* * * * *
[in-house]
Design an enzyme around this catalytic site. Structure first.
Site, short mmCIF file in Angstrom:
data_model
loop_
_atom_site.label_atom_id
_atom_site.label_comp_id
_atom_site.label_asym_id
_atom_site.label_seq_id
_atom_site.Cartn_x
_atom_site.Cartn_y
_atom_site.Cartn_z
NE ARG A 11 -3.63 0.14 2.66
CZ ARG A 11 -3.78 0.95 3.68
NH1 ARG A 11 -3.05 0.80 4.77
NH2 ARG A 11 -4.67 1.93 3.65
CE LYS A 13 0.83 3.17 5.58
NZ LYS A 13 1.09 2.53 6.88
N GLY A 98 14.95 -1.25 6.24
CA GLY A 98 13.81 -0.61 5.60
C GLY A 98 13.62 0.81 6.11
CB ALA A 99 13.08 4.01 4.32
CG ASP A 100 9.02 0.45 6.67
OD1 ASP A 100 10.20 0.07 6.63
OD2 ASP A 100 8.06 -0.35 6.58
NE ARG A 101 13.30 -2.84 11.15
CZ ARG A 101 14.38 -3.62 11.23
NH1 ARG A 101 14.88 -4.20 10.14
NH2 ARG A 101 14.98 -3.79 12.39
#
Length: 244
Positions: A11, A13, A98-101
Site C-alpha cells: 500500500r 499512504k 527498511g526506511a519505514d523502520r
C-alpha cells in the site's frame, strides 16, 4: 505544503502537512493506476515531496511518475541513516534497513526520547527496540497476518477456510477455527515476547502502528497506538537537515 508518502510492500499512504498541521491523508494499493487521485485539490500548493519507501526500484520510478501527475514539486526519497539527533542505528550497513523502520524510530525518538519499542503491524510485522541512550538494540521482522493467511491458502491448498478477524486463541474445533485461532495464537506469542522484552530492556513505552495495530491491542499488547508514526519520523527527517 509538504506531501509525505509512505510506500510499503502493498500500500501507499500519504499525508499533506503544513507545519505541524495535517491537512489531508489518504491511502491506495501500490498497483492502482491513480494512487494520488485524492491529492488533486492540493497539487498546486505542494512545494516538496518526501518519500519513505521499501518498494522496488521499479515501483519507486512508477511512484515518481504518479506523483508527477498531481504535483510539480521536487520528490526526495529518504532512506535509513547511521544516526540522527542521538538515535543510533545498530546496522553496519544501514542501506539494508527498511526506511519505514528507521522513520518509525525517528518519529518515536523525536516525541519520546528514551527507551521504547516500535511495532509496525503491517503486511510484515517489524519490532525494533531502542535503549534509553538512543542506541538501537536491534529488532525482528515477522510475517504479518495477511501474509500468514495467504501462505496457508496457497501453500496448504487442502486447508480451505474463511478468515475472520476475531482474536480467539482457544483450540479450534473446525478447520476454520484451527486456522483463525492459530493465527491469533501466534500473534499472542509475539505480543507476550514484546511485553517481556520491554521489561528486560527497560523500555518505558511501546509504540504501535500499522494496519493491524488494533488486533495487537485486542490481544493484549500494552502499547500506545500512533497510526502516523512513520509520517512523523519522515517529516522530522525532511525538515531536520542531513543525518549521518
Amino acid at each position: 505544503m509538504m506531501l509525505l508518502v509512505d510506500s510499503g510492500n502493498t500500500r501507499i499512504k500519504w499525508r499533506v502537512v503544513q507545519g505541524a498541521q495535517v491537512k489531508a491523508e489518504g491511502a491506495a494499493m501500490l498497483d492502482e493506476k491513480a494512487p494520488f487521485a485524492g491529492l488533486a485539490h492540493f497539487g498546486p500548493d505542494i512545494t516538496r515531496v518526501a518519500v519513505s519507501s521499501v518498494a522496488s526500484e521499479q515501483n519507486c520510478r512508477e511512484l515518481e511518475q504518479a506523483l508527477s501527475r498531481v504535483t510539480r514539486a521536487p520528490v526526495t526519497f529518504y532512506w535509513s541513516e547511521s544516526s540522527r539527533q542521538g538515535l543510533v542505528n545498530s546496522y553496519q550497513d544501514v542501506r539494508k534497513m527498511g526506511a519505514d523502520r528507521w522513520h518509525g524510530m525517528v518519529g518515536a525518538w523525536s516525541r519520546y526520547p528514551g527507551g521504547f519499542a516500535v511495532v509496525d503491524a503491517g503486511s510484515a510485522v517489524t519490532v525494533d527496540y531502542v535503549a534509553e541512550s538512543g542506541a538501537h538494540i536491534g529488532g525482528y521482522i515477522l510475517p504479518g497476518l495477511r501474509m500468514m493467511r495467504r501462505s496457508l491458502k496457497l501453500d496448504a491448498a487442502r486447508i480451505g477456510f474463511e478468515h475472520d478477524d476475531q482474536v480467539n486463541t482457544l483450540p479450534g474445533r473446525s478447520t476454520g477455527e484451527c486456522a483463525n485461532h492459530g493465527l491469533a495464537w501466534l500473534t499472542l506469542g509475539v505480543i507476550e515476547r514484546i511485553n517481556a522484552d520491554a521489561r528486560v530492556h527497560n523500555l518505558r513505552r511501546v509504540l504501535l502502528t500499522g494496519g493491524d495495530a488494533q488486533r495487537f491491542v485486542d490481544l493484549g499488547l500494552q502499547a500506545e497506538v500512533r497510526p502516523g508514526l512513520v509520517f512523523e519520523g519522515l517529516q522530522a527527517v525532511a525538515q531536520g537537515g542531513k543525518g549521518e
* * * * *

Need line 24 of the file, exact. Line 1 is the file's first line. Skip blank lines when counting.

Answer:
OD1 ASP A 100 10.20 0.07 6.63